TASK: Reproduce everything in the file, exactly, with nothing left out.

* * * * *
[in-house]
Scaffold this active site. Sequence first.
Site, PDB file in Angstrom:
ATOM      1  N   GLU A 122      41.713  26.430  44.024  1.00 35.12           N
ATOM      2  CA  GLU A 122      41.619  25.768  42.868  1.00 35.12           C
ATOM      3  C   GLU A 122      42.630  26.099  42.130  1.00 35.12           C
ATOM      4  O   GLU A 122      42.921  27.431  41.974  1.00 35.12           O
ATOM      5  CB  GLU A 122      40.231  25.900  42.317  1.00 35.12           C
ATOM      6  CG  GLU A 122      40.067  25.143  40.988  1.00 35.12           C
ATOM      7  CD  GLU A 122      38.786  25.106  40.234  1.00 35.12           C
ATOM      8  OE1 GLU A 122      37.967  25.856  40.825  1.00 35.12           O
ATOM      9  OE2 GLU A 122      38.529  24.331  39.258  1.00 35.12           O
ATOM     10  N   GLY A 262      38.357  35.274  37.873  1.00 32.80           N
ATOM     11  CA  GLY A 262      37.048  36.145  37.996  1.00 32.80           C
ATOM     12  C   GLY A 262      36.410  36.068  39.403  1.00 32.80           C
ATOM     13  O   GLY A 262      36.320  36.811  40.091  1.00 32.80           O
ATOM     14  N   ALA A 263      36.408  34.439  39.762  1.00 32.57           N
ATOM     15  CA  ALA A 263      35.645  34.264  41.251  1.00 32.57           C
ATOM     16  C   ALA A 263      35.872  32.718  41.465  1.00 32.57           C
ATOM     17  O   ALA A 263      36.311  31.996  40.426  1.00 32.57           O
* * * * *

[in-house]
Scaffold this active site. Sequence first.
Site, PDB file in Angstrom:
ATOM      1  N   GLU A 122      41.713  26.430  44.024  1.00 35.12           N
ATOM      2  CA  GLU A 122      41.619  25.768  42.868  1.00 35.12           C
ATOM      3  C   GLU A 122      42.630  26.099  42.130  1.00 35.12           C
ATOM      4  O   GLU A 122      42.921  27.431  41.974  1.00 35.12           O
ATOM      5  CB  GLU A 122      40.231  25.900  42.317  1.00 35.12           C
ATOM      6  CG  GLU A 122      40.067  25.143  40.988  1.00 35.12           C
ATOM      7  CD  GLU A 122      38.786  25.106  40.234  1.00 35.12           C
ATOM      8  OE1 GLU A 122      37.967  25.856  40.825  1.00 35.12           O
ATOM      9  OE2 GLU A 122      38.529  24.331  39.258  1.00 35.12           O
ATOM     10  N   GLY A 262      38.357  35.274  37.873  1.00 32.80           N
ATOM     11  CA  GLY A 262      37.048  36.145  37.996  1.00 32.80           C
ATOM     12  C   GLY A 262      36.410  36.068  39.403  1.00 32.80           C
ATOM     13  O   GLY A 262      36.320  36.811  40.091  1.00 32.80           O
ATOM     14  N   ALA A 263      36.408  34.439  39.762  1.00 32.57           N
ATOM     15  CA  ALA A 263      35.645  34.264  41.251  1.00 32.57           C
ATOM     16  C   ALA A 263      35.872  32.718  41.465  1.00 32.57           C
ATOM     17  O   ALA A 263      36.311  31.996  40.426  1.00 32.57           O